a valve will stick open or closed. Usually there is debris stuck in the
seat or springs. Look at the valves and replace if needed.
Generally speaking not ALL valves will go at the
same time to the point you have zero pressure. If 1 or 2 valves fail you will
still have pressure. The discharge hose will vibrate when one or more valves are
damaged. Having this vibration will not cause damage other than reduced
pressure. In fact, there are drain and sewer jetter valve caps that fit
on pumps, which limit the operation of a valve to produce pulsating
here to read more about drain cleaning with a pressure washer.
If you lose all valves at once then there is a serious problem somewhere
else. Your pump may have frozen, which could cause catastrophic pump
Valves on most pumps are made of a plastic cage with a
metal seat held in position by a spring. Sometimes the cage will break due to debris in the supply water,
allowing the valve to float. The metal valve seat could be worn or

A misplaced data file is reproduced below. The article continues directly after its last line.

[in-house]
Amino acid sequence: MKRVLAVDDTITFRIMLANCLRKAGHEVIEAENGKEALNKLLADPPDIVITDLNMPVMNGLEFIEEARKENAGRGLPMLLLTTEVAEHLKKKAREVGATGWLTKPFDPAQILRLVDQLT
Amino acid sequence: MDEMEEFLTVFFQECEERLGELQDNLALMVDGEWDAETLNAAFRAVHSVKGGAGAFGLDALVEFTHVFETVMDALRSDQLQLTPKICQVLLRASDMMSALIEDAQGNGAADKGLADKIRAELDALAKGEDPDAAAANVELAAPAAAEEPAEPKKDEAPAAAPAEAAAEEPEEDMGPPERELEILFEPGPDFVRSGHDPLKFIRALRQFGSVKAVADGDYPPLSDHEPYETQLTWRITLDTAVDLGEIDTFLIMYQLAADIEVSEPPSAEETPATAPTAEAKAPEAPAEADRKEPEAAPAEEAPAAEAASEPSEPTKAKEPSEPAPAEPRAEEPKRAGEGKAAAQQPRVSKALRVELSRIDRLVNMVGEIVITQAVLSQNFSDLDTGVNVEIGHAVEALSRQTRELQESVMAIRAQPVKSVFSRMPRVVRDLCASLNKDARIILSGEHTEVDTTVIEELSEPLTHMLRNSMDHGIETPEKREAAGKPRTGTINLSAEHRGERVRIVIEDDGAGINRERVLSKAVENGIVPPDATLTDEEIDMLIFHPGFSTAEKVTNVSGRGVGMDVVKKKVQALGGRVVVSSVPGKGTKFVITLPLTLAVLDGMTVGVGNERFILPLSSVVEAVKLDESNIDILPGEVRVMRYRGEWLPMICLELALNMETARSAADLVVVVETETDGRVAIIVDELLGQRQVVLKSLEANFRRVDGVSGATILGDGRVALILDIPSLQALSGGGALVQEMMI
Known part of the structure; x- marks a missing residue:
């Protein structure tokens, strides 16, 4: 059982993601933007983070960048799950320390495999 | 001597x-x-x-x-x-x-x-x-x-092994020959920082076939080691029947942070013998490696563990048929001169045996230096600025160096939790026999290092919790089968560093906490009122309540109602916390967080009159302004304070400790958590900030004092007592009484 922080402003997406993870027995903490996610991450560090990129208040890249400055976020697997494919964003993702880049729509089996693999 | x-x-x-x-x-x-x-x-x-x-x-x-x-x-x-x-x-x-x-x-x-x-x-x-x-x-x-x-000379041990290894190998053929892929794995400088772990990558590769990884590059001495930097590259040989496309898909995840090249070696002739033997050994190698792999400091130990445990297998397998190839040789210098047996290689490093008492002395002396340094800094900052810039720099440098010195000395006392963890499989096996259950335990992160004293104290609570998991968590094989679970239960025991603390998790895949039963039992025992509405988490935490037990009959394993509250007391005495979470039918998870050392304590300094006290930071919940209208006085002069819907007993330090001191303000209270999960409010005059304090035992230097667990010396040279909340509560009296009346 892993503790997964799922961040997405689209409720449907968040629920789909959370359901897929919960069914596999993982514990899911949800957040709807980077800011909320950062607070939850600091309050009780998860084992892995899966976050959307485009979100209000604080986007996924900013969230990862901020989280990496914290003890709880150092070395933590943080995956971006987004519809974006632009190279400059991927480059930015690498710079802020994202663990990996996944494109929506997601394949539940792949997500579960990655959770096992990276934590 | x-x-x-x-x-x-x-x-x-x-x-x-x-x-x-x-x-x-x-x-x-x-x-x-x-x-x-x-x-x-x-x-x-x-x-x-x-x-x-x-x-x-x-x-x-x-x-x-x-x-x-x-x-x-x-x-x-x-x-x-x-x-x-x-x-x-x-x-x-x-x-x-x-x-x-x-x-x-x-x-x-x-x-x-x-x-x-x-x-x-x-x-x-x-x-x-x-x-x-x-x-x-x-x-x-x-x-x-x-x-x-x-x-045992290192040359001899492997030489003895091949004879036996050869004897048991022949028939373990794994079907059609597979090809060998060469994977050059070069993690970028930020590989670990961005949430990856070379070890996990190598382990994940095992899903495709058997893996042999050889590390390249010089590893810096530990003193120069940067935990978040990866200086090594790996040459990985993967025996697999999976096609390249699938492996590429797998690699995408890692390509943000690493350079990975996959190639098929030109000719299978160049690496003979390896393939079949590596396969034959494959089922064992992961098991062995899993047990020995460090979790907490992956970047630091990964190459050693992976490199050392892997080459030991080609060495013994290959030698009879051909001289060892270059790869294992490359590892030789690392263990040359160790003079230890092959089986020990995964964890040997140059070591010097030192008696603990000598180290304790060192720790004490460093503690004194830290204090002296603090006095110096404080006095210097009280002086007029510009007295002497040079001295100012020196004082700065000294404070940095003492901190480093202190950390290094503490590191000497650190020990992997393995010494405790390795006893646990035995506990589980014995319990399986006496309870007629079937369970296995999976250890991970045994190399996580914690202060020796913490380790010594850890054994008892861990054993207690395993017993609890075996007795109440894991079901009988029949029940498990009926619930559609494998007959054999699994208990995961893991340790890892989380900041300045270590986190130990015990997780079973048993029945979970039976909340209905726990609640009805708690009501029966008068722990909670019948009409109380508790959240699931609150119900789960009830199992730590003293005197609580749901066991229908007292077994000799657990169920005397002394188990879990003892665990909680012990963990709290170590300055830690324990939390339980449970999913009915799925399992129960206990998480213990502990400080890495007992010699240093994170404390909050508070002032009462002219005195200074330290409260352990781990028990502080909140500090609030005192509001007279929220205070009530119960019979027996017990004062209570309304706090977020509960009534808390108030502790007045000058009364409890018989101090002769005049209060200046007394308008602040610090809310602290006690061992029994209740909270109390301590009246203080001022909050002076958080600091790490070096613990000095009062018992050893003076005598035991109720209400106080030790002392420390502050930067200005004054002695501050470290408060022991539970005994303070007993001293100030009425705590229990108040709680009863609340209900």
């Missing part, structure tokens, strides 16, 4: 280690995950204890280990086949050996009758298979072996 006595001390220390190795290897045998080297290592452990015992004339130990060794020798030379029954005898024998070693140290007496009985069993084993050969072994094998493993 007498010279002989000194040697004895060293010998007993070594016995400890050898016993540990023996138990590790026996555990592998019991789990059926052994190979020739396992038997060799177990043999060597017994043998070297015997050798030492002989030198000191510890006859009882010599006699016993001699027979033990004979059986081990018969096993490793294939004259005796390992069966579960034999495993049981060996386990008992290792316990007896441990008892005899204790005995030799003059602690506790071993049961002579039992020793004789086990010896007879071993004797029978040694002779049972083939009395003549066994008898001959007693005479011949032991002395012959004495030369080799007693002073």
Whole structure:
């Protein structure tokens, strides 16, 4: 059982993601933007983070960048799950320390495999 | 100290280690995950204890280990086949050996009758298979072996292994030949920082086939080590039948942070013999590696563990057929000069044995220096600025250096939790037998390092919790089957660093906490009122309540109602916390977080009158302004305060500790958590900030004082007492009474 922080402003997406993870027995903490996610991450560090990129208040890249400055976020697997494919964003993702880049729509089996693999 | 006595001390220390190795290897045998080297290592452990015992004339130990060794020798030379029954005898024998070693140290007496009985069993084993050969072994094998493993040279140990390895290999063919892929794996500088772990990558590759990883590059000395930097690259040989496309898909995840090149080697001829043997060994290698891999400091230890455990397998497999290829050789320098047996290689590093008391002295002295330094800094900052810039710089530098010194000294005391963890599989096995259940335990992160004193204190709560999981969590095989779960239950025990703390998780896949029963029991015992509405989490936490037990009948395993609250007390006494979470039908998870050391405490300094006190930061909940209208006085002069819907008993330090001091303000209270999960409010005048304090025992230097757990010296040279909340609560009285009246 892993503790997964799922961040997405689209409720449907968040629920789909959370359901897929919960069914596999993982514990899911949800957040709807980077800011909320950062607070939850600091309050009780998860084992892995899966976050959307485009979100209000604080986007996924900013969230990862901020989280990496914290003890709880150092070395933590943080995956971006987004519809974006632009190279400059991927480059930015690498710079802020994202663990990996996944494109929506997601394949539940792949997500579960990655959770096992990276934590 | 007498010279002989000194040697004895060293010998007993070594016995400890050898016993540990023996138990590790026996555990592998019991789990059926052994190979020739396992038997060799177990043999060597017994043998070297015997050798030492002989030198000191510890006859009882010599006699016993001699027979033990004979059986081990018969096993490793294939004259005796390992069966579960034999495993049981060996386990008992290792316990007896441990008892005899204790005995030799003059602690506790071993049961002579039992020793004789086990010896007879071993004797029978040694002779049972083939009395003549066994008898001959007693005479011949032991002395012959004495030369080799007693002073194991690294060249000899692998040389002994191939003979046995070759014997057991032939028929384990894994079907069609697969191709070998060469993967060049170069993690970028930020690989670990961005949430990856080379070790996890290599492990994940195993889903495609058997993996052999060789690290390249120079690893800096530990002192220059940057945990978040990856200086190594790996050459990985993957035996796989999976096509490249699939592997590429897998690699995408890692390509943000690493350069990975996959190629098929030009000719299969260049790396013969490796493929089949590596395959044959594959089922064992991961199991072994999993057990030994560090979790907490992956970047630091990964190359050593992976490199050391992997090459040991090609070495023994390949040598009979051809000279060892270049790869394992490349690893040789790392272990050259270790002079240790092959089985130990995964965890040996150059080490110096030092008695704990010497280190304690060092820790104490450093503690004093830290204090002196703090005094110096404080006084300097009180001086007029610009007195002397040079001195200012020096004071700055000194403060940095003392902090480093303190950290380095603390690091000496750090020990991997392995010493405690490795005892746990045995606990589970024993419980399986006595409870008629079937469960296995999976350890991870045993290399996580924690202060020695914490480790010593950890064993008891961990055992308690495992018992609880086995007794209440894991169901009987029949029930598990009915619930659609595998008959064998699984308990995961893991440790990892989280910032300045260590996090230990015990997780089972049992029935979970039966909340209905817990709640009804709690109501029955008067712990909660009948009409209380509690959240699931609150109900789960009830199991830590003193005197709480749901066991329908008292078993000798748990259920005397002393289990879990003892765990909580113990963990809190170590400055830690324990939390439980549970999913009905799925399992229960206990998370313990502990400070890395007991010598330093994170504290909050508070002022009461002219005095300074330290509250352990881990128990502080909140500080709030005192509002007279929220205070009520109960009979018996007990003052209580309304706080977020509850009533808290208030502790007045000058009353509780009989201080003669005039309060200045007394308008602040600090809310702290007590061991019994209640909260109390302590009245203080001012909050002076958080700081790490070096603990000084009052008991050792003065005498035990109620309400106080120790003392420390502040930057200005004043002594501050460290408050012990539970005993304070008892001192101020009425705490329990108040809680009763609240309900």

scored due to
dirty supply water. The valve assembly sits on an o-ring that fits
between the valve assembly and the head of the pump. Click
here for a selection of replacement valve assemblies. Check
this o-ring for wear and the brass seat for scoring.
condition is caused by cavitation
due to insufficient water supply. Cavitation in this area will destroy
your pump. The worm holes under the o-ring are in the head of the pump and not
Fixing your water supply problem and replacing the valves and
o-rings will help for a while but the problem will soon return as the
pressurized water will work it's way under the o-ring, through the
wormholes. For a
discussion on pumps click here. To
see a range of replacement pumps click here.
SOME OF THESE OPERATIONS CAN BE
EXTREMELY DANGEROUS. IF YOU DO NOT HAVE SUFFICIENT TRAINING IN THESE PROCEDURES, WE RECOMMEND YOU
SEEK ASSISTANCE FROM A QUALIFIED